Offseason Outlook: Miami Marlins

Prepare for the most exciting Marlins offseason in recent memory.  With new manager Ozzie Guillen's arrival and the opening of the team's new ballpark, ownership wants to make 2012 unforgettable.

Guaranteed Contracts

Arbitration Eligible Players (estimated salaries)

Free Agents

To compete in the NL East next year, the Marlins will need improved starting pitching, offense, and health.  Clearly, this team is looking for a fresh start in 2012 as they've been rebranded the Miami Marlins, and quote machine Guillen will man the helm.  Most importantly, the team's payroll will be the largest in franchise history.

The six players under guaranteed contracts account for $49.75MM in salary, which is only $8MM shy of 2011's Opening Day payroll.  Estimating the price of the club's ten-player arbitration class is a difficult exercise.  I think we can pencil in Sanchez, Bonifacio, Mujica, and Badenhop for about $10.5MM, but that leaves the remaining six as candidates for non-tender or trade.  Oviedo, formerly known as closer Leo Nunez prior to the revelation of his commitment of identity fraud, was already the highest-paid reliever in Marlins history in 2011.  He could receive a $2MM+ raise and his 2012 team must request a visa for him to play next year, which could seal the fate of Oviedo, who was already on the bubble as a non-tender candidate.  If Oviedo is not retained, the remaining arbitration eligibles won't be too costly.

Subtracting Oviedo and Vazquez and otherwise keeping the Marlins the same will already result in over $65MM in commitments, a franchise payroll record.  Recently, a person close to the Marlins' front office told Joe Capozzi of the Palm Beach Post the 2012 payroll could approach $100MM, as owner Jeffrey Loria aims to make 2012 unforgettable.  If Loria follows through, the result would be an additional $35MM in payroll flexibility, which could be further expanded if the team trades Nolasco.  However, with Vazquez and his 192 2/3 innings of 3.69 ERA ball potentially headed for retirement and ace Josh Johnson limited to 60 1/3 innings in 2011 due to a shoulder injury, a Nolasco trade could add uncertainty to a situation already bursting with it.

I expect president of baseball operations Larry Beinfest to actively seek starting pitching, especially if he's bearish about the futures of Nolasco and Volstad.  Several interesting rotation scenarios have been tossed around, from Guillen bringing in old Chicago friends Mark Buehrle and Carlos Zambrano to the Marlins winning the bidding on C.J. Wilson.  The bullpen should have many holdovers, but new blood is likely if Oviedo is non-tendered.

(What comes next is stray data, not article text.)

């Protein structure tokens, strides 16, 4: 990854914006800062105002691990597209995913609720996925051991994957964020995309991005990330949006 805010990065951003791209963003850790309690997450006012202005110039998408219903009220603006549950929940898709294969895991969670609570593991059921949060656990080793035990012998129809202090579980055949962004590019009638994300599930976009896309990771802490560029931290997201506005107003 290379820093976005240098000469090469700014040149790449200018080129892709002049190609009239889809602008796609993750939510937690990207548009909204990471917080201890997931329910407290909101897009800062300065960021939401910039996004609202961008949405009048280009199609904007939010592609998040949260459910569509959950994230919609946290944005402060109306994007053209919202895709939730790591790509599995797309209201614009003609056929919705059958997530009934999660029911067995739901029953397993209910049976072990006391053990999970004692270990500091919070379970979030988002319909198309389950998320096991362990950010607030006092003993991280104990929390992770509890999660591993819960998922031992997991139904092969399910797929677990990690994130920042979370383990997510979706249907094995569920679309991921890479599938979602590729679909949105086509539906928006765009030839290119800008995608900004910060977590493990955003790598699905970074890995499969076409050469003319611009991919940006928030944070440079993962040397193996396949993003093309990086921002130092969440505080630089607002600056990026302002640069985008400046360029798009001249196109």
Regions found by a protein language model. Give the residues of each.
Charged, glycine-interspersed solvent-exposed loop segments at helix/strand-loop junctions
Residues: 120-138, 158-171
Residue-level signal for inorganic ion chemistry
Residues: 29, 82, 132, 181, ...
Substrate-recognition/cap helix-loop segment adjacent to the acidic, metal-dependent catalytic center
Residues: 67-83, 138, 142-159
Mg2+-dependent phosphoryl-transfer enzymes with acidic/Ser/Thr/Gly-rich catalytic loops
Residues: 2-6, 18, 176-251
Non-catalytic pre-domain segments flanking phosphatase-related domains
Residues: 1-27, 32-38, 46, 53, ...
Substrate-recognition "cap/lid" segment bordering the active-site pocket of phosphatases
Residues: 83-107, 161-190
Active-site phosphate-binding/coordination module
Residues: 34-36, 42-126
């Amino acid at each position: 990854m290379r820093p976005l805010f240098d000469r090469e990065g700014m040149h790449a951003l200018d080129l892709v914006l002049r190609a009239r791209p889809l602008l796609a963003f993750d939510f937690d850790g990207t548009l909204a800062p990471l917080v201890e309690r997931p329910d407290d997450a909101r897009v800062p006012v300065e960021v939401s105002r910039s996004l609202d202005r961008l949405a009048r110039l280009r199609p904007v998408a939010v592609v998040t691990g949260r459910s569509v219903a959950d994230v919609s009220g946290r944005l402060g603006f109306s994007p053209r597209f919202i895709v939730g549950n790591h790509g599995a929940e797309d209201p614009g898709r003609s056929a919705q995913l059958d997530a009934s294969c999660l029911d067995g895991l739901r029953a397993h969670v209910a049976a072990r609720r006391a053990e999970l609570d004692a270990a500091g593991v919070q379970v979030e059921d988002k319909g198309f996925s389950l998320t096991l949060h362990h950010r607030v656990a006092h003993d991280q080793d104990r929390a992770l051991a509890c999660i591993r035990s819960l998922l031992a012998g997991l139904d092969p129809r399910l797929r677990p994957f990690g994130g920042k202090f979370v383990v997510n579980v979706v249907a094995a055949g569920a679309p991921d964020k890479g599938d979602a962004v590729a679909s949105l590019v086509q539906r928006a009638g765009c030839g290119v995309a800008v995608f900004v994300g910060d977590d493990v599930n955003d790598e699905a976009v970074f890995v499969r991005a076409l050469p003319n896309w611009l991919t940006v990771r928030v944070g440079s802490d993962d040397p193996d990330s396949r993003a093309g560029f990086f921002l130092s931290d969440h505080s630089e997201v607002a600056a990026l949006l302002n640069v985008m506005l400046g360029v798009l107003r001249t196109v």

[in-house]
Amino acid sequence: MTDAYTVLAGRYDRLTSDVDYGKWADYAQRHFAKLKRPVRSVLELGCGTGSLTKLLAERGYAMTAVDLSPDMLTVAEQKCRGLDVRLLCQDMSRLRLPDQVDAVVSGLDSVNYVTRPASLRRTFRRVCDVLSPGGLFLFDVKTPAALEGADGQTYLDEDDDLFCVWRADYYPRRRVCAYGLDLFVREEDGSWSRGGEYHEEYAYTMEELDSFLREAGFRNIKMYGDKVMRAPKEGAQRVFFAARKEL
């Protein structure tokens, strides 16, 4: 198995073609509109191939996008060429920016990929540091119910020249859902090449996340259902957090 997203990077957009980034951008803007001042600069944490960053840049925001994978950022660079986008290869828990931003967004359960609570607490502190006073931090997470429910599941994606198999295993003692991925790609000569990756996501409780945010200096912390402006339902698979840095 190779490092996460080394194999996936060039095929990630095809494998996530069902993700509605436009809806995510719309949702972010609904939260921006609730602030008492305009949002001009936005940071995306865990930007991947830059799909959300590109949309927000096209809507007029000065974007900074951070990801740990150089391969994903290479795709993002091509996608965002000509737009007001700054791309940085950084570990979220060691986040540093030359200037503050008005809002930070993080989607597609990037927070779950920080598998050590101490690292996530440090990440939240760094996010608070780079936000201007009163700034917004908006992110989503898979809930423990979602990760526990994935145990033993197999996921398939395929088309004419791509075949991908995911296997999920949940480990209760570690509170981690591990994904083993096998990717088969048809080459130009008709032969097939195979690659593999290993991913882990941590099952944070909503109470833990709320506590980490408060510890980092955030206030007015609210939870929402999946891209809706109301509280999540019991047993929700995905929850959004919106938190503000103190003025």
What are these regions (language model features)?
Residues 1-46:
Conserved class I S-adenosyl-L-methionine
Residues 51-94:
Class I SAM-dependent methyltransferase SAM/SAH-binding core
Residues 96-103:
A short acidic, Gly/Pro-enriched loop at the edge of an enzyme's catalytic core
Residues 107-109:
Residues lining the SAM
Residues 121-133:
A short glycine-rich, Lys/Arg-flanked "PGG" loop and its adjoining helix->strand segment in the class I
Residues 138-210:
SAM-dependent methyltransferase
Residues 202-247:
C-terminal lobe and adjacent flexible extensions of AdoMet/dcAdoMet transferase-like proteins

Questions in the Marlins' offense also abound, as center field and third base are unsettled.  The team's top prospect  Matt Dominguez wouldn't represent a "win-now" choice at the hot corner, but Aramis Ramirez, the one desirable free agent third baseman, could block Dominguez for three years.  Coco Crisp is probably the only viable free agent option for center field, but the trade market may feature B.J. Upton and Denard Span.  Internally, Bryan Petersen could hold equal appeal.

Another potential route for the Marlins would be signing a big-name free agent and trading Gaby Sanchez or Logan Morrison for pitching.  Both players had respectable 2011 seasons, showing decent pop and on-base ability.  Sanchez may still be on notice because the free agent market offers a pair of first-base superstars in Albert Pujols and Prince Fielder.  With Morrison, there's speculation that the outspoken left fielder's questionable August demotion could be a precursor to a trade.  I think the Marlins have too many offensive question marks to sell low on LoMo.

The Marlins may achieve temporary media relevance with Guillen and a couple of pricey free agents, as they look to go all-in for the opening of their new stadium.  Ultimately, though, the biggest additions to the 2012 club may be healthy seasons from Ramirez and Johnson.